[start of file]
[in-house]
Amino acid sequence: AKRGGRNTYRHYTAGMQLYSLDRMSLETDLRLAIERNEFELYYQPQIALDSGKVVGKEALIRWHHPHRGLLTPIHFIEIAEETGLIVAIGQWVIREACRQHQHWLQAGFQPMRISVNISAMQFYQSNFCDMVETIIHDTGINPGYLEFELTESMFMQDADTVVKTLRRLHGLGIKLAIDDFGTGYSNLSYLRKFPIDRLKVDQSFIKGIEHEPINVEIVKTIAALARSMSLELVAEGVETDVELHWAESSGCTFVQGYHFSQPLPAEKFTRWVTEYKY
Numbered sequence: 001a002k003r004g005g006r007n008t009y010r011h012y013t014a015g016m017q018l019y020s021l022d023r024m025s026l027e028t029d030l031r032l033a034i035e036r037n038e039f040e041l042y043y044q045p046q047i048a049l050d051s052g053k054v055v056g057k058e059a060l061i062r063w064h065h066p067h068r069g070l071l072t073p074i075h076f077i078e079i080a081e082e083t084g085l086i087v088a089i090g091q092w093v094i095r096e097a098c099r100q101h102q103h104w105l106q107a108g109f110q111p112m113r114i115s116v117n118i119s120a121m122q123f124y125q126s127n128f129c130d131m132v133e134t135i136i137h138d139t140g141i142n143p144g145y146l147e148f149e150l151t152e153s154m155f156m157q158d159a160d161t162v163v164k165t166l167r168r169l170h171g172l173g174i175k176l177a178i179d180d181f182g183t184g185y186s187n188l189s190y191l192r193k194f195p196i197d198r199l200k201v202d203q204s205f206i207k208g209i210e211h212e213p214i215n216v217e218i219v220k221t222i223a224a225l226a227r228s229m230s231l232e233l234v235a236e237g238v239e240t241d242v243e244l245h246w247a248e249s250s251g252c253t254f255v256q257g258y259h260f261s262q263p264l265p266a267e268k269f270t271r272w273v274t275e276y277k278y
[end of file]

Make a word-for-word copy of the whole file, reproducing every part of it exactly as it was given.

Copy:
[in-house]
Amino acid sequence: AKRGGRNTYRHYTAGMQLYSLDRMSLETDLRLAIERNEFELYYQPQIALDSGKVVGKEALIRWHHPHRGLLTPIHFIEIAEETGLIVAIGQWVIREACRQHQHWLQAGFQPMRISVNISAMQFYQSNFCDMVETIIHDTGINPGYLEFELTESMFMQDADTVVKTLRRLHGLGIKLAIDDFGTGYSNLSYLRKFPIDRLKVDQSFIKGIEHEPINVEIVKTIAALARSMSLELVAEGVETDVELHWAESSGCTFVQGYHFSQPLPAEKFTRWVTEYKY
Numbered sequence: 001a002k003r004g005g006r007n008t009y010r011h012y013t014a015g016m017q018l019y020s021l022d023r024m025s026l027e028t029d030l031r032l033a034i035e036r037n038e039f040e041l042y043y044q045p046q047i048a049l050d051s052g053k054v055v056g057k058e059a060l061i062r063w064h065h066p067h068r069g070l071l072t073p074i075h076f077i078e079i080a081e082e083t084g085l086i087v088a089i090g091q092w093v094i095r096e097a098c099r100q101h102q103h104w105l106q107a108g109f110q111p112m113r114i115s116v117n118i119s120a121m122q123f124y125q126s127n128f129c130d131m132v133e134t135i136i137h138d139t140g141i142n143p144g145y146l147e148f149e150l151t152e153s154m155f156m157q158d159a160d161t162v163v164k165t166l167r168r169l170h171g172l173g174i175k176l177a178i179d180d181f182g183t184g185y186s187n188l189s190y191l192r193k194f195p196i197d198r199l200k201v202d203q204s205f206i207k208g209i210e211h212e213p214i215n216v217e218i219v220k221t222i223a224a225l226a227r228s229m230s231l232e233l234v235a236e237g238v239e240t241d242v243e244l245h246w247a248e249s250s251g252c253t254f255v256q257g258y259h260f261s262q263p264l265p266a267e268k269f270t271r272w273v274t275e276y277k278y